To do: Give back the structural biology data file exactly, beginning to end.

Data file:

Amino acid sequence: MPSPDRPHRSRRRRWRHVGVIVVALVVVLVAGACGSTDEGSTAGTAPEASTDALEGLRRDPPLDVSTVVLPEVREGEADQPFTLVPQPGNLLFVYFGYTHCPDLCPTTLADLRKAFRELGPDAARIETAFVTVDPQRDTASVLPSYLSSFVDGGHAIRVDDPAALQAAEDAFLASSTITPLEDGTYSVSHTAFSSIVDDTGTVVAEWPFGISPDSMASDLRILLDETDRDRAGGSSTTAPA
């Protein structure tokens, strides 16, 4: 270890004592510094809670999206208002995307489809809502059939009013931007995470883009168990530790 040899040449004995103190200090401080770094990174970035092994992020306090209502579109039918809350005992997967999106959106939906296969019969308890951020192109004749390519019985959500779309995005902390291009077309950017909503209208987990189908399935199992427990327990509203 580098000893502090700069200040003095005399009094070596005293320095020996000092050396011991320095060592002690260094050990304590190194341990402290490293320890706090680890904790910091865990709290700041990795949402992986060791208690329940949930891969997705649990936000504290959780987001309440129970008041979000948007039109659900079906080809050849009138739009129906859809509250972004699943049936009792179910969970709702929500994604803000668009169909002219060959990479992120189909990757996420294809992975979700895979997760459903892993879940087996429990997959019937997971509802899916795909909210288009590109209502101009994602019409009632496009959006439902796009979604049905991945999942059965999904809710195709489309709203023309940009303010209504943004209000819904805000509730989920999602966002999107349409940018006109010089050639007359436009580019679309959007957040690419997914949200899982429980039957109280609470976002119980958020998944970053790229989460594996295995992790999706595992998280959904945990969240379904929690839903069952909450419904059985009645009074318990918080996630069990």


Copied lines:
Amino acid sequence: MPSPDRPHRSRRRRWRHVGVIVVALVVVLVAGACGSTDEGSTAGTAPEASTDALEGLRRDPPLDVSTVVLPEVREGEADQPFTLVPQPGNLLFVYFGYTHCPDLCPTTLADLRKAFRELGPDAARIETAFVTVDPQRDTASVLPSYLSSFVDGGHAIRVDDPAALQAAEDAFLASSTITPLEDGTYSVSHTAFSSIVDDTGTVVAEWPFGISPDSMASDLRILLDETDRDRAGGSSTTAPA
């Protein structure tokens, strides 16, 4: 270890004592510094809670999206208002995307489809809502059939009013931007995470883009168990530790 040899040449004995103190200090401080770094990174970035092994992020306090209502579109039918809350005992997967999106959106939906296969019969308890951020192109004749390519019985959500779309995005902390291009077309950017909503209208987990189908399935199992427990327990509203 580098000893502090700069200040003095005399009094070596005293320095020996000092050396011991320095060592002690260094050990304590190194341990402290490293320890706090680890904790910091865990709290700041990795949402992986060791208690329940949930891969997705649990936000504290959780987001309440129970008041979000948007039109659900079906080809050849009138739009129906859809509250972004699943049936009792179910969970709702929500994604803000668009169909002219060959990479992120189909990757996420294809992975979700895979997760459903892993879940087996429990997959019937997971509802899916795909909210288009590109209502101009994602019409009632496009959006439902796009979604049905991945999942059965999904809710195709489309709203023309940009303010209504943004209000819904805000509730989920999602966002999107349409940018006109010089050639007359436009580019679309959007957040690419997914949200899982429980039957109280609470976002119980958020998944970053790229989460594996295995992790999706595992998280959904945990969240379904929690839903069952909450419904059985009645009074318990918080996630069990």